It’s almost like an incentive for you not to work at making your sites more successful!

  4. I agree with Martin. Pretty stupid move.

  5. Rob says:

    Stupid tends to follow Tyler.

  6. Tyler Cruz says:

    Yup, it is a long time, and he got a good deal, but it’s also very worth it to me. Again, the ads aren’t all that prominant. The most prominant one is here on, and I should have priced that a bit higher, but you’re also forgetting that in return I’m receiving a lot of capital cash up front in return for (basically) a non-renewable resource for me.

    If you take the equation that a site sells based on 12-months income, that means I could buy an existing site with the ad money, that is making $400 a month.

    That’s an additional $9600 during those 24 months, and then $400 a month profit thereafter.

    But if you guys think it’s stupid, that’s your prerogative.

  7. @Rob – Nice informative responce there Rob, Don’t get jealous about Tyler’s success and be rude, Can you explain how exactly “Stupid tends to follow Tyler.” ??

  8. Mike says:

    I don’t see why anyone would decline the $4700. If the sites get popular you can always create more ad spots. A text link is also hardly any space at all.

  9. Sure says:

    Success?? Hahaha, you need to go out more

  10. […] Bit of Pocket CashYesterday I finished putting ads across many of my sites for a new advertiser I signed up. He wanted to buy a few text links on Movie-Vault, but had inquired on purchasing for a โ€œlonger period of timeโ€. I had responded by directing him … […]

  11. Ethan says:

    Stupid? Far from it. Money comes and goes, but good networking will stick around forever. So in two years if Tyler’s sites are 10x more popular, do you really think this guy is just going to up and leave after his contract expires? If you do, then stupid follows you. What more than likely will happen is that this customer will become a repeat purchaser. And everyone knows a repeat customer is much easier to work with than a new one.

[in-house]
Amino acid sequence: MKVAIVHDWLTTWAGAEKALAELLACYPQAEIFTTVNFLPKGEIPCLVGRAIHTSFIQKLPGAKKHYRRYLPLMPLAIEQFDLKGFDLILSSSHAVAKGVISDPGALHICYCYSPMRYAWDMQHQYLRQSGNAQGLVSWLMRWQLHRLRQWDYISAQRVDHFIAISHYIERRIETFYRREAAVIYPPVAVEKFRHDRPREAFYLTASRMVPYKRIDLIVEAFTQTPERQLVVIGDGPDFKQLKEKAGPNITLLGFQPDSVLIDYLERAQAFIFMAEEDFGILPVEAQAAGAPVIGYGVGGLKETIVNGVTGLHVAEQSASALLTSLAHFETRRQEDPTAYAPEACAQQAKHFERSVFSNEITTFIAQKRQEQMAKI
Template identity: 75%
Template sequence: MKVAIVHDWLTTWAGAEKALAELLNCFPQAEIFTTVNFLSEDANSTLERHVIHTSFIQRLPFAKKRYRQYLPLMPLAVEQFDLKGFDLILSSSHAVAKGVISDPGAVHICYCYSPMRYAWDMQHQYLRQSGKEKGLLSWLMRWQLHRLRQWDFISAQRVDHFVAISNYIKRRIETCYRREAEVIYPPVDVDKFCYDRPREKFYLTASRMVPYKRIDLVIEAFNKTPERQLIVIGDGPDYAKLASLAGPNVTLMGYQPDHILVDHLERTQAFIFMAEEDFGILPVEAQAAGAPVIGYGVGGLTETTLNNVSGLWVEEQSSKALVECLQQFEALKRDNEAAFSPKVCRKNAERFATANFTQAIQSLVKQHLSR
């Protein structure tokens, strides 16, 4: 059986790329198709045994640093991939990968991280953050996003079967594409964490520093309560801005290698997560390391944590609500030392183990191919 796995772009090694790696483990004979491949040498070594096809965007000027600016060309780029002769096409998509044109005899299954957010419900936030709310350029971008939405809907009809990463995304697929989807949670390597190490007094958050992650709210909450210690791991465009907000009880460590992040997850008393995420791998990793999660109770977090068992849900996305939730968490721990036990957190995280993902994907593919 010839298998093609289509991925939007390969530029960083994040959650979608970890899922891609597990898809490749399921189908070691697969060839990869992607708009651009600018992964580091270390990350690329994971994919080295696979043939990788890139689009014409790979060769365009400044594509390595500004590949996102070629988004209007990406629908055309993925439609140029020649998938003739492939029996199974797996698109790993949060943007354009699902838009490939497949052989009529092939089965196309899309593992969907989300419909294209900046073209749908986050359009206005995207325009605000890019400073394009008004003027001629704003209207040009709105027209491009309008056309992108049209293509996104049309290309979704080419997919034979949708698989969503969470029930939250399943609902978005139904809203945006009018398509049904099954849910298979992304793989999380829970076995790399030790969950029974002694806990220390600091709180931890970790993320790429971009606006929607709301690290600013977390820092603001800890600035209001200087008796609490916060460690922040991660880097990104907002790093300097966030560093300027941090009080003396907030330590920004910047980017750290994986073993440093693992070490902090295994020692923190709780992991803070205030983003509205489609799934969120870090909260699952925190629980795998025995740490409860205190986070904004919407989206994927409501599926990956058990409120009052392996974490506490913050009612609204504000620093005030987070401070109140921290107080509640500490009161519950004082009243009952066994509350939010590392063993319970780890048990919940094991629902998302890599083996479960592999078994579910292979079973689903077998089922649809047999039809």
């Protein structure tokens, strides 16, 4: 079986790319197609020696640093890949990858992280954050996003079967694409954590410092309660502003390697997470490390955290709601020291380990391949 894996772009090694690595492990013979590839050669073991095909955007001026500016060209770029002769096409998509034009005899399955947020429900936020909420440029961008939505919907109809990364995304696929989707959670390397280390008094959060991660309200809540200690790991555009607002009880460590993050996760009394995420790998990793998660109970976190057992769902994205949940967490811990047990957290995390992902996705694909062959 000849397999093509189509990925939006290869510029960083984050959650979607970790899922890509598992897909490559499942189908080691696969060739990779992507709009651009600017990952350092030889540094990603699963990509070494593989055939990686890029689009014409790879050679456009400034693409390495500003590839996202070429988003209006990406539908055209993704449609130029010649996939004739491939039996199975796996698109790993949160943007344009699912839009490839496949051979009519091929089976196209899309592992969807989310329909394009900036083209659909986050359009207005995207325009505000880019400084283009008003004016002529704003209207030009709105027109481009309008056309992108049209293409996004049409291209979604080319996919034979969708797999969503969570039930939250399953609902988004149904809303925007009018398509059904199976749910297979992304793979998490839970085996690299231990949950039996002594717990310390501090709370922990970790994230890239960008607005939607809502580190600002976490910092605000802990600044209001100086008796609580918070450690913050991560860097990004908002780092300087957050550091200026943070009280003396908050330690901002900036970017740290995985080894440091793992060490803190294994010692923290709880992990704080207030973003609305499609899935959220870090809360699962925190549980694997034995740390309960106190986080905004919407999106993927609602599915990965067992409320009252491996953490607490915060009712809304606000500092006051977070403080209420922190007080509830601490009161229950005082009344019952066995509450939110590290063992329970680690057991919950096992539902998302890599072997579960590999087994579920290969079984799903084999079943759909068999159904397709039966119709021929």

12. Martin Reed says:

    Hi Tyler – I hope you didn’t think I was calling you stupid in my post! I know you often get a lot of unjustified negative comments on your blog – I was merely voicing my opinion, which I think was professional and constructive. Please don’t associate me with the ‘Tyler Bashers’!

  13. Tyler bashers lmao thats a new one on me! Congrats on the sale ๐Ÿ˜‰

  14. You have to take on online marketing like eating and elephant one bit and a time but all of it ads up and before you know it the elephant is gone….

    many people want wealth and riches immediately but you will find there are highs and lows but key is take and vantage of the highs and learn from your lows so you dont repeat them.

  15. Dan says:

    I think this could be considered an investment. Its like winning the lotto, all at once or in increments. Either one could yield better results than the other its more a matter of what you do with the money (how you invest it). It’ll be awesome to see what Tyler does.

  16. Marc says:

    @the stupid commenters. First rule any businessman must learn. You never turn down cash when someone is handing it to you up front. I think it’s a smart move. $4700 now can be grown into much more by investing it in more sites. It’s not like he can’t keep adding text links.